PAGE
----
announced in Cancun². They continue, ³Our three governments recognize that 
private sector involvement is key to enhancing North America's competitive 
position in global markets and is the driving force behind innovation and 
growth. As such, the creation of the NACC provides a voice and a formal role for
the private sector. The regular meetings between ministers, senior officials, 
and the NACC, complemented by ongoing consultations with other interested 
stakeholders, will help ensure that the SPP remains a cornerstone of North 
American cooperation². This means that corporate representatives meet regularly 
with our elected government officials. The Security and Prosperity Ministers who
signed this report were the same American Ministers who signed the previous one,
namely, Michael Chertoff and Condoleezza Rice, and on the Canadian side, with 
the newly elected Canadian Conservative government, the Minister of Public 
Safety and Emergency Preparedness Stockwell Day, Minister of Industry Maxine 
Mernier and Foreign Affairs Minister Peter MacKay. Meanwhile, former Industry 
Minister in the Liberal government, David Emerson, (from the Canadian Council of
Chief Executives), was asked by Prime Minister Harper to cross the aisle and 
join the Conservative cabinet, where he now sits as Minister of International 
Trade, where his main first priority was resolving the softwood lumber issue, 
which the Task Force report clearly indicated was a sour spot for them. On 
resolving the softwood lumber issue, Emerson stated that those who opposed his 
proposition were ³anti-American².(20) I¹m also sure that it was simply a 
coincidence that while at the CCCE and before going into Ministerial Positions 
in the Canadian government, David Emerson was President and CEO of Canfor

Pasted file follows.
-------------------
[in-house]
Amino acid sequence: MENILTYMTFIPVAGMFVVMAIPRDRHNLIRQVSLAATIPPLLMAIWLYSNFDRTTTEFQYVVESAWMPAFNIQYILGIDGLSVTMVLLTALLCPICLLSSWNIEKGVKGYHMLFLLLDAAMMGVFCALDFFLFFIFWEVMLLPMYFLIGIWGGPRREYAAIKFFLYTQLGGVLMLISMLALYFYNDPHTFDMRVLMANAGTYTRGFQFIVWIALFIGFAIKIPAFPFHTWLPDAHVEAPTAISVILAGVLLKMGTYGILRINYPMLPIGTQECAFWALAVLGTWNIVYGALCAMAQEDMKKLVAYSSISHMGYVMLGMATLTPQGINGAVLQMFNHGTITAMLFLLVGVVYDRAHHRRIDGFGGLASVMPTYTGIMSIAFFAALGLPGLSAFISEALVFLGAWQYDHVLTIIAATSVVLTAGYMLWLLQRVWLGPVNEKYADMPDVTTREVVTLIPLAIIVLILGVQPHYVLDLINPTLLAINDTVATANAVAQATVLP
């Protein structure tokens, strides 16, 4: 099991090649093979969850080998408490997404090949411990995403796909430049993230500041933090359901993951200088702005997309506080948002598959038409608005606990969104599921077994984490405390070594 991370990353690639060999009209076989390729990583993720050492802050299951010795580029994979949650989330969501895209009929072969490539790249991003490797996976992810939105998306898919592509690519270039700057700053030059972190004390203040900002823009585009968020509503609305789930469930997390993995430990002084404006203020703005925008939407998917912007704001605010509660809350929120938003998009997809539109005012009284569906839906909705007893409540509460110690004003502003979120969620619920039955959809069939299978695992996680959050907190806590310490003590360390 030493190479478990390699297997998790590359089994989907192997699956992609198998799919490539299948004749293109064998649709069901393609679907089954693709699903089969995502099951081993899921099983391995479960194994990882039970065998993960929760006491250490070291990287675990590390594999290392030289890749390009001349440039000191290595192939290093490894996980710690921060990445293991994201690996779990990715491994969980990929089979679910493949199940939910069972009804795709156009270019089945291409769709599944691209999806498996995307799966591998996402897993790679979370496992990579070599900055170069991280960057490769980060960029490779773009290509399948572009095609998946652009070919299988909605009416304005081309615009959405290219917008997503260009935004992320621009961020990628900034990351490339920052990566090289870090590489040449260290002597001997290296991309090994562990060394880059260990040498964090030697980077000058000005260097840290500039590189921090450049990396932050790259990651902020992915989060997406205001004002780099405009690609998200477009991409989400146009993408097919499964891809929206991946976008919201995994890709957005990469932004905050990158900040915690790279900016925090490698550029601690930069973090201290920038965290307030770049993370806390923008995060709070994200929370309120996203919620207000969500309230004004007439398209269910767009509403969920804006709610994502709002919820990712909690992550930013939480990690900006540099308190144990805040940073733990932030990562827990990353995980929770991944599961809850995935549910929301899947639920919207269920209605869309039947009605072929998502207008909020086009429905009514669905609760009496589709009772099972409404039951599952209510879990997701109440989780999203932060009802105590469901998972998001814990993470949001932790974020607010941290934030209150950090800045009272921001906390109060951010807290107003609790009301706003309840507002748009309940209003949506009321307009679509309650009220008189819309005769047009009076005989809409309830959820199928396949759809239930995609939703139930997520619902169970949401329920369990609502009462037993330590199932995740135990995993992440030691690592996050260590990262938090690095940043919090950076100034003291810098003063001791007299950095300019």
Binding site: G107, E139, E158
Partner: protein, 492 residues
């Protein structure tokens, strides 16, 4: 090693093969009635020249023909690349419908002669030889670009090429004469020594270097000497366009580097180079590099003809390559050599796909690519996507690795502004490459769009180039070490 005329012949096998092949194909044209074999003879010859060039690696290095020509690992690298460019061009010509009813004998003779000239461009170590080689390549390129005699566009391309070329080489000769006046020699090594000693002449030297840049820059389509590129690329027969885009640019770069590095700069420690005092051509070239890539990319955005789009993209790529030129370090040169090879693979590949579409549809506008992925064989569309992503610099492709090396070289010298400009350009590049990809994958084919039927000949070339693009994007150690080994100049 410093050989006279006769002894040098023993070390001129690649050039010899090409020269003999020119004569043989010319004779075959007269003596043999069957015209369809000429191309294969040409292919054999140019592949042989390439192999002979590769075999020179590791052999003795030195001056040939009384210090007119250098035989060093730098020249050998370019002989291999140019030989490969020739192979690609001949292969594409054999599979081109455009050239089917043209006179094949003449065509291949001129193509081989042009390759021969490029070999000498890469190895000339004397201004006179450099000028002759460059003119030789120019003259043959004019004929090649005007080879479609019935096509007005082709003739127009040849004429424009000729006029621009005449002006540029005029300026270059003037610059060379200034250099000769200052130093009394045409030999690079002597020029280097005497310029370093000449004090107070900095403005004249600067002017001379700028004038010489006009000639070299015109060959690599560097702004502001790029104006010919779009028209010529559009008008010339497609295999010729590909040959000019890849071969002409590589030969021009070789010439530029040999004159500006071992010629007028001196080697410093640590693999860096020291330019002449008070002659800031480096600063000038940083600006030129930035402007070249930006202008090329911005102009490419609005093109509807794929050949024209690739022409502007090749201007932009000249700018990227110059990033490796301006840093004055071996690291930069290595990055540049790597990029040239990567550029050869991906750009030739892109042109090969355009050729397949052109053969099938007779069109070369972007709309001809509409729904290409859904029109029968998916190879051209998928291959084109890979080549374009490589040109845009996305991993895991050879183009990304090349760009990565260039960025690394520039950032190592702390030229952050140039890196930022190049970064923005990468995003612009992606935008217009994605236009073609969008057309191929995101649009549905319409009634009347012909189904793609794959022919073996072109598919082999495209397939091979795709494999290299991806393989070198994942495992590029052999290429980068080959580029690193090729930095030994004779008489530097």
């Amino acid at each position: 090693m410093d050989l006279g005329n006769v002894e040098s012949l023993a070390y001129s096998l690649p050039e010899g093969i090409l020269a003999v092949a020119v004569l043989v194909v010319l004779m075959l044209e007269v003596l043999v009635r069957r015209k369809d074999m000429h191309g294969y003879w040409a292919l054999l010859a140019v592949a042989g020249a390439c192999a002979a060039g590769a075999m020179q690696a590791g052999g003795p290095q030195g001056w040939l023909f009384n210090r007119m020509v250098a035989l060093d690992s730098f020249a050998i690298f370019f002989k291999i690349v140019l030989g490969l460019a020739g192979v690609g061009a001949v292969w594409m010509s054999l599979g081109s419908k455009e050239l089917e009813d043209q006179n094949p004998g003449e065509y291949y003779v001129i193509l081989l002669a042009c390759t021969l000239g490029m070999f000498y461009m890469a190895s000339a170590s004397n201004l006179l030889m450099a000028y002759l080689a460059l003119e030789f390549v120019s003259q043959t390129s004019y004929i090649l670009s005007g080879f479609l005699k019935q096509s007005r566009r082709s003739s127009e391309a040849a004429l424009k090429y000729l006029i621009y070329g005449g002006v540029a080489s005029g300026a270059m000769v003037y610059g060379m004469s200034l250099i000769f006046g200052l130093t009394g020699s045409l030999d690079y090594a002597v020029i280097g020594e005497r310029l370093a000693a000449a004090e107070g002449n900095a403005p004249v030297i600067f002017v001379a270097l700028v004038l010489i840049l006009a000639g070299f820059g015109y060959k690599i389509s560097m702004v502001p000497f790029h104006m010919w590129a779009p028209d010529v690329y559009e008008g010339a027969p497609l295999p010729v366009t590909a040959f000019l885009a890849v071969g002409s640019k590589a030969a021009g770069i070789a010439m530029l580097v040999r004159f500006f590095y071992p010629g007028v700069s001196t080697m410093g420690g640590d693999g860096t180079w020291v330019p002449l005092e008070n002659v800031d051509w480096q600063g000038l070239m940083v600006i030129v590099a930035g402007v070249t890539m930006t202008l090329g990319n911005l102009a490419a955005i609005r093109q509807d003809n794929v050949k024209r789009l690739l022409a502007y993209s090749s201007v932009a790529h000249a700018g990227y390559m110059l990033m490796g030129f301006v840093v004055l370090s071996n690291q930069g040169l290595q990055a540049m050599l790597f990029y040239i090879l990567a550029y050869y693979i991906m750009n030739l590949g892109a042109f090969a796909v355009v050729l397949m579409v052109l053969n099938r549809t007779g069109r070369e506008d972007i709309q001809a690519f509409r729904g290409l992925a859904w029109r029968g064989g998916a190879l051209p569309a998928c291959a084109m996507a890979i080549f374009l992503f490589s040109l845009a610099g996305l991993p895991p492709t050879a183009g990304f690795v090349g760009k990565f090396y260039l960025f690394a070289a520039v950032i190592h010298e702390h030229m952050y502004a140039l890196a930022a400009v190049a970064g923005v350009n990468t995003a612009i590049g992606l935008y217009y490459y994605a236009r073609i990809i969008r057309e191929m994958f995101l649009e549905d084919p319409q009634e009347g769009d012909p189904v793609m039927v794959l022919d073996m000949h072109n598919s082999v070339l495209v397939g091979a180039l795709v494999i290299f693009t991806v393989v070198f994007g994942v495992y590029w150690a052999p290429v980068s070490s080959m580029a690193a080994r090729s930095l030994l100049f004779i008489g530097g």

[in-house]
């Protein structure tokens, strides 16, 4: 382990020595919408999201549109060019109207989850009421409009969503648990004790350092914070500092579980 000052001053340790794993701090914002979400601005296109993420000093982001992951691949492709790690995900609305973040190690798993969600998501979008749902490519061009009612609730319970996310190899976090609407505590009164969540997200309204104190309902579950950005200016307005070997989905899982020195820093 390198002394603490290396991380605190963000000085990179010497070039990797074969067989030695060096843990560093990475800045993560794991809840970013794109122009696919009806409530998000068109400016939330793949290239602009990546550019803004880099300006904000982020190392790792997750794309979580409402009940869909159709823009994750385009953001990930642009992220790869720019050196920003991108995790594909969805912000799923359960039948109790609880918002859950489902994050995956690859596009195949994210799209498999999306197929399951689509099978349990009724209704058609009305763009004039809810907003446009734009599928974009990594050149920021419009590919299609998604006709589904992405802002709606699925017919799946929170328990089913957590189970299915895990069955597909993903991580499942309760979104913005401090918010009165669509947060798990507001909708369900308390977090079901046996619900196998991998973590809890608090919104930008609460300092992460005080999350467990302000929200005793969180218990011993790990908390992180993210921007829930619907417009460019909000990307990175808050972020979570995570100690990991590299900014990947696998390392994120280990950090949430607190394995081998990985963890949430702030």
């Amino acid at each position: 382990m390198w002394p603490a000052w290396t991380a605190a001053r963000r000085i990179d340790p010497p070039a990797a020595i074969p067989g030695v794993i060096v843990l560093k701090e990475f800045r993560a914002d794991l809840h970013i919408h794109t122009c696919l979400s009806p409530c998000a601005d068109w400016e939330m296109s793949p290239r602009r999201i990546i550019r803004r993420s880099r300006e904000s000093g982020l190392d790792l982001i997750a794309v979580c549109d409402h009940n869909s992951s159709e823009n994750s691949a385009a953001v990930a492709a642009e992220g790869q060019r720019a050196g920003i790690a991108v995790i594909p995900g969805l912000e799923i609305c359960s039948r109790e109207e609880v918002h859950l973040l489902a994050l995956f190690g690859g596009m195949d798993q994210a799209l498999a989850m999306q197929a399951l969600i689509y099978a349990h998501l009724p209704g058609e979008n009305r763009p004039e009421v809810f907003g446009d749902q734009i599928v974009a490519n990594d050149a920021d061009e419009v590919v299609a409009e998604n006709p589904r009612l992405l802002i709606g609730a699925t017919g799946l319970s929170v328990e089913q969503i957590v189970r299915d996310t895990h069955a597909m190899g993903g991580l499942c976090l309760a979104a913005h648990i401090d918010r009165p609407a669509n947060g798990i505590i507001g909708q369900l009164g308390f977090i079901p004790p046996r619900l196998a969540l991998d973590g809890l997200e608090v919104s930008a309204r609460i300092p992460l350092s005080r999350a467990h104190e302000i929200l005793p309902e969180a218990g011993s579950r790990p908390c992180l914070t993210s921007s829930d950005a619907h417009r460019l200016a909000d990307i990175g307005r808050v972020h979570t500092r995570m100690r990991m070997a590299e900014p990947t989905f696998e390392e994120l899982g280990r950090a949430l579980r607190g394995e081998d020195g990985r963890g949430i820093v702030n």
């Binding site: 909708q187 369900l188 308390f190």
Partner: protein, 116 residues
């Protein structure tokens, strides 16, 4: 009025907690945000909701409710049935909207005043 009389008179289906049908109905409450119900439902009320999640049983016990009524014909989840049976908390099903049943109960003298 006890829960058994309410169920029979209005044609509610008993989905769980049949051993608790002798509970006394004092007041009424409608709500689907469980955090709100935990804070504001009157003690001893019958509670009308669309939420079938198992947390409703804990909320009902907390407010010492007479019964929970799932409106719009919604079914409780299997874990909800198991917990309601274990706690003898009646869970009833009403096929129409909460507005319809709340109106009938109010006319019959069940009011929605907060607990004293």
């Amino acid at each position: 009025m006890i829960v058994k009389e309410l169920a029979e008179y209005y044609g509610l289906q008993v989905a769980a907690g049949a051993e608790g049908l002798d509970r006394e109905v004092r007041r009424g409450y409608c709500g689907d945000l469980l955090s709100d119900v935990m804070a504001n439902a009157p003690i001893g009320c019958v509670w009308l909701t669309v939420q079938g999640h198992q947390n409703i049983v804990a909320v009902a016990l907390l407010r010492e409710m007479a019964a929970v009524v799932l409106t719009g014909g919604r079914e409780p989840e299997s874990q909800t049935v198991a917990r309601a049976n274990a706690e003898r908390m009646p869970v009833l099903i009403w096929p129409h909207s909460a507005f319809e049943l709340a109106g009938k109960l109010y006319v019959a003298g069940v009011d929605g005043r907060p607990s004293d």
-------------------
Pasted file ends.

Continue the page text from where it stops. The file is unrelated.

Corporation, Canada¹s largest manufacturer of softwood lumber.(21)

The North American Competitiveness Council (NACC) is run out of the US Chamber 
of Commerce.(22) It is made up of corporate representatives of all three 
countries, and the Canadian representatives include the CEOs of Manulife 
Financial, Power Corporation of Canada, Ganong Bros. Limited, Suncor Energy, 
Canadian National Railway Company, Linamar Corporation, Bell Canada Enterprises,
Canfor Corporation (the company David Emerson used to be CEO of before going 
into government), The Home Depot Company and the Bank of Nova Scotia. The 
American NACC members include top representatives from the Campbell Soup 
Company, Chevron Corporation, Ford Motor Company, FedEx Corporation, General 
Electric Company, General Motors Corporation, Kansas City Southern, Lockheed 
Martin Corporation, Merck & Co., Inc., Mittal Steel USA, New York Life Insurance
Company, The Procter & Gamble Company, UPS, Wal-Mart Stores, Inc. and Whirlpool 
Corporation. These are some of the biggest corporations, not just in the United 
States, but in the world, literally advising our elected representatives on how 
to properly ³integrate² our countries to form the North American ³Community² 
(Union) by 2010.

In August of 2006, a list of priorities was made both in the areas of Security 
and Prosperity through the SPP agreement, which is fully available for viewing 
on the Canadian governments SPP website.(23) Under the Security Priorities, they
have three columns; ³Initiative², ³Key Milestones², and ³Status², where it lists
whether or not the initiative is ³On Track², ³Partially Completed², ³Completed²,